Medieval “Trousers” derives from the Scottish Gaelic word “triubhas”, meaning a type of Highlander leg covering generally made of wool and extending from the waist to the ankles.
Over the centuries, “triubhas” evolved into the English word “trousers” used today.
During the middle ages, trousers were generally worn by men under their tunics or short cloaks.
They were primarily made from wool or linen and were designed to cover the legs of the wearer.
History of Medieval Trousers
The origins of medieval trousers can be traced back to the Roman civilisation, where the men wore loose-fitted leg coverings called “braccae”. These were typically made from leather and were worn mostly by soldiers and hunters.
Trousers in Medieval times were mainly worn by commoners and soldiers since they were more practical for outdoor activities. During the early middle ages, trousers were frequently baggy and were made of coarse fabrics such as wool and linen.
As the middle ages progressed, the nobles also began to wear trousers. However, they were designed to be more fashionable than practical.
They are of nobility were slim-fitted and made from finer materials such as silk or velvet. Also, intricate embroidery was done on medieval trousers to make them more stylish.
Types of Medieval Trousers
Here are some examples of the types of medieval trousers:
were loose-fitted knee-length trousers made from linen or wool. In the later middle ages, brais were mainly worn as an undergarment by both men and women.
were tight-fitted and made of finer fabrics such as silk or velvet. The nobles and aristocrats mostly wore them during the middle ages.
Tights or Hoses
were more form-fitted trousers made from stretchy materials such as silk. The elites frequently wore them during the 14th century.
were typically made from lightweight fabrics such as linen or cotton. They also had a split crotch for easier toilet use, which was not a frequent characteristic of other medieval trousers.
Medieval Trousers for Men
Men’s medieval trousers were mostly loose-fitted and made of heavier leather or wool fabrics. They were designed to be more practical than fashionable, as soldiers and peasants mostly wore them.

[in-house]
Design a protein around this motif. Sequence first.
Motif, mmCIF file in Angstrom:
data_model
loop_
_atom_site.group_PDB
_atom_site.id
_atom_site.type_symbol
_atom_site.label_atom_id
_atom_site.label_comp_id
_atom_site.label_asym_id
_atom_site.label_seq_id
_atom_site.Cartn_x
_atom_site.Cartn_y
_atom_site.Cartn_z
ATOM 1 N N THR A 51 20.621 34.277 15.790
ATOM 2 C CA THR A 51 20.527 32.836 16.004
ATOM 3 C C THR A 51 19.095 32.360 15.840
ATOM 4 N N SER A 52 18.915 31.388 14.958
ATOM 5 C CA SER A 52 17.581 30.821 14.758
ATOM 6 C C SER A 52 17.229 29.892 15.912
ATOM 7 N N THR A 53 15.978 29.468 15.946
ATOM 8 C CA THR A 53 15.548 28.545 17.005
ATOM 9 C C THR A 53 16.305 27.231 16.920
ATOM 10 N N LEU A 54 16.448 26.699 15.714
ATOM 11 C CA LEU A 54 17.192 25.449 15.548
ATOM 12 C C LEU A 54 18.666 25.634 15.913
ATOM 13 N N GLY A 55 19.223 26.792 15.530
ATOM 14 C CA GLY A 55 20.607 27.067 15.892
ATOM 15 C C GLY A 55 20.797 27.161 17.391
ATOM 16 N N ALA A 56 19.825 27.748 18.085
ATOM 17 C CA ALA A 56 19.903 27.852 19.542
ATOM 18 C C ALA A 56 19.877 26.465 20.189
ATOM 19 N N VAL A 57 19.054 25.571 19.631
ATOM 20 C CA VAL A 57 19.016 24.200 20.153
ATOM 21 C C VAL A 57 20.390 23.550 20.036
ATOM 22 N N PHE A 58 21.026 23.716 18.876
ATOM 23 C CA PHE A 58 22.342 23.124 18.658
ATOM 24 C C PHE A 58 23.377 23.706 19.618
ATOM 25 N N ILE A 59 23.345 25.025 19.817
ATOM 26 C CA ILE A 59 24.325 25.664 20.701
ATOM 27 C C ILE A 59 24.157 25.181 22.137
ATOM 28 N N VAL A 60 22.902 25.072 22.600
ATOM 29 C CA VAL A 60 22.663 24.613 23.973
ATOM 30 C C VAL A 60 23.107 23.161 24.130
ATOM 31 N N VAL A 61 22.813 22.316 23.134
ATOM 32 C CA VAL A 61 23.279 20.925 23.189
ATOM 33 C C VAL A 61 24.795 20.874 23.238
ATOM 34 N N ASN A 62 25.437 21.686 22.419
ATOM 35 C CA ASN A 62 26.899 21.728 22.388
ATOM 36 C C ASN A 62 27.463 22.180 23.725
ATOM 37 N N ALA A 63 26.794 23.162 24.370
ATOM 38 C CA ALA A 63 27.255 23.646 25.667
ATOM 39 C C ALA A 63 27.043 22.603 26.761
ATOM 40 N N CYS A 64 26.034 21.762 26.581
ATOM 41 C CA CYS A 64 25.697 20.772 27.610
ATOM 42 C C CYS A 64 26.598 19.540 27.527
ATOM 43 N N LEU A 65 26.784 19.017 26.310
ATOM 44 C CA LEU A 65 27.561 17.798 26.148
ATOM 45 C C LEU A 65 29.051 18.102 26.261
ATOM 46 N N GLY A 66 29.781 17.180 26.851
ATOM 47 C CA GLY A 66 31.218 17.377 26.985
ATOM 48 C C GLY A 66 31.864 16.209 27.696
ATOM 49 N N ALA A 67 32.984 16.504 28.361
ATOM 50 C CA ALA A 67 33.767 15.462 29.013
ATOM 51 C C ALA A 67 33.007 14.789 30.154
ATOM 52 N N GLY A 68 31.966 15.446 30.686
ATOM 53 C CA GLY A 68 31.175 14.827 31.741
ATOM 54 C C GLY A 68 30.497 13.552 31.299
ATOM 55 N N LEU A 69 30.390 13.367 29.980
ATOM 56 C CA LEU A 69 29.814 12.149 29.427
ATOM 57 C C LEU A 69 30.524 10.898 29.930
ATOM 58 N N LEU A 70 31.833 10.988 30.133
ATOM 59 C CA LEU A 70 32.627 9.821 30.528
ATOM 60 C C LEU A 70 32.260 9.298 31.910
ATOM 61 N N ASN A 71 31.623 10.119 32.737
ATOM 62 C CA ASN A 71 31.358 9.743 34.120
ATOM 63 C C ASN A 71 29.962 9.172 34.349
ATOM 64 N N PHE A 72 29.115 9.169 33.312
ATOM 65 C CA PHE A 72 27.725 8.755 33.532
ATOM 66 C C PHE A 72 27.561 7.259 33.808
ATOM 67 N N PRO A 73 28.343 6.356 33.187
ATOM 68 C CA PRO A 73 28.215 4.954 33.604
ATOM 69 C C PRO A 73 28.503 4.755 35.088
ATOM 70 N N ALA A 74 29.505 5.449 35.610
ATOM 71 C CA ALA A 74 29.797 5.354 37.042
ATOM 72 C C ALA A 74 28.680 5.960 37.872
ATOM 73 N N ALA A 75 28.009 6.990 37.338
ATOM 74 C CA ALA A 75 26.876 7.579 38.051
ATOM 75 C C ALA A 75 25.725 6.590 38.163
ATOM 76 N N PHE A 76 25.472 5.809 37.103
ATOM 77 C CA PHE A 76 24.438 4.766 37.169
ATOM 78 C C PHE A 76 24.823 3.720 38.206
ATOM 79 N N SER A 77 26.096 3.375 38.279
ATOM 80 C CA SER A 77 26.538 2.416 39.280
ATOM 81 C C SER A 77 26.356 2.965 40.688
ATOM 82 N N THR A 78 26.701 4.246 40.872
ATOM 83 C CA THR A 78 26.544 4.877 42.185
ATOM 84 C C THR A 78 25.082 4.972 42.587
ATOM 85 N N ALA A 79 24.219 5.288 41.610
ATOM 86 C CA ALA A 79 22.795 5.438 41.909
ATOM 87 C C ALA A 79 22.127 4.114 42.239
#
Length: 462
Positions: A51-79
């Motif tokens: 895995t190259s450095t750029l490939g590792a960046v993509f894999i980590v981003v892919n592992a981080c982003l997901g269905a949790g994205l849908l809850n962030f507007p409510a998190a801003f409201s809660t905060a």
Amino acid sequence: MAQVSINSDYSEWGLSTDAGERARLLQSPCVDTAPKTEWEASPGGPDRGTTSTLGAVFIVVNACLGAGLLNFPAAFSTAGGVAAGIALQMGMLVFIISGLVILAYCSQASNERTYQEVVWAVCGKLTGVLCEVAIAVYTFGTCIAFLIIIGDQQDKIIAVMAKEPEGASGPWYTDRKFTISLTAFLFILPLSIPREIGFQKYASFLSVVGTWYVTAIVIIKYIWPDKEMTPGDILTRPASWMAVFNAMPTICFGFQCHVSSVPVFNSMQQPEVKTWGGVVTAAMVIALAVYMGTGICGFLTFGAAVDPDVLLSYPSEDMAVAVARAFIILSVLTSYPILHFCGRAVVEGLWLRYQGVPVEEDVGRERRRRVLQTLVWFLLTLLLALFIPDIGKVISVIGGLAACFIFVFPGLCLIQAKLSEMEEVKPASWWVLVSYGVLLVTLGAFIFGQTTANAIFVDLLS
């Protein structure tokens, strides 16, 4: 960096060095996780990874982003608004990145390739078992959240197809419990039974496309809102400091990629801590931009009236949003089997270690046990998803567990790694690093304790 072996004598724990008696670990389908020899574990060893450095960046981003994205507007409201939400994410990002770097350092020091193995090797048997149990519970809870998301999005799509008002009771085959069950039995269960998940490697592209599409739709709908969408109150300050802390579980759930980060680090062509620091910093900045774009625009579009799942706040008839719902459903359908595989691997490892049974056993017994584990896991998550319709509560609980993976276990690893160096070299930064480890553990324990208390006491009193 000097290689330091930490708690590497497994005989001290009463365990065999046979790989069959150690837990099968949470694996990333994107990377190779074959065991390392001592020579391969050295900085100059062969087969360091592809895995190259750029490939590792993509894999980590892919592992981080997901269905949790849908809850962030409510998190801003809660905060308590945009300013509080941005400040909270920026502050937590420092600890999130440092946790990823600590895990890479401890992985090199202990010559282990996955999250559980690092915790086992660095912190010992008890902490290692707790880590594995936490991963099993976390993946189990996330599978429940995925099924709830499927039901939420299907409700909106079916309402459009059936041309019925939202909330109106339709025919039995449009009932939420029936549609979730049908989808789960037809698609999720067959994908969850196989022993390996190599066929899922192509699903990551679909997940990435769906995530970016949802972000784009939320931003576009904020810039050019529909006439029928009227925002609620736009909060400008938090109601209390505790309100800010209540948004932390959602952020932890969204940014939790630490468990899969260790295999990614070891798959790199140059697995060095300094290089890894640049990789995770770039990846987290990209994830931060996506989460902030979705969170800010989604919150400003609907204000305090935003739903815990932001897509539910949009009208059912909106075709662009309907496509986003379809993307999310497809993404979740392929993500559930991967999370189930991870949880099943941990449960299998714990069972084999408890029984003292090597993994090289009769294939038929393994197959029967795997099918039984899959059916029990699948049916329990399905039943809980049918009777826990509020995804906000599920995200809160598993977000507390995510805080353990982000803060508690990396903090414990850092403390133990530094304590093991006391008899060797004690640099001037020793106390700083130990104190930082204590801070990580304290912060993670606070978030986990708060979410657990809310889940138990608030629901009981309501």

The style of men’s trousers also varied according to social position, with nobles wearing more stylish and extravagant designs, such as breeches made of expensive fabrics such as silk or velvet.
Medieval trousers for men were often intended to be paired with leg armour, and they were frequently laced or fastened at the waist and ankle for a secure fit.
Medival Trousers for Women
In contrast to men’s trousers, medieval trousers for women were typically more form-fitted and were made of lighter materials such as linen or cotton.
The design of women’s trousers tended to be more decorative and visually appealing. Women’s trousers were often worn with a tunic or dress that covered the hips and legs rather than as a solo garment.
Women’s trousers were frequently embellished with embroidery, lace, or other ornamental features to add grace and femininity.
These features were added to the hem or cuffs of the trousers and were intended to showcase the seamstress’s expertise and craftsmanship.
The above article gives an overview of the history of medieval trousers and the various types of trousers worn by men and women at the time. It discusses how medieval trousers evolved throughout the Middle Ages and the materials and designs used to make them. It also highlights the differences in the types of trousers worn by nobility and commoners and the decorative touches added to women’s trousers to make them more feminine.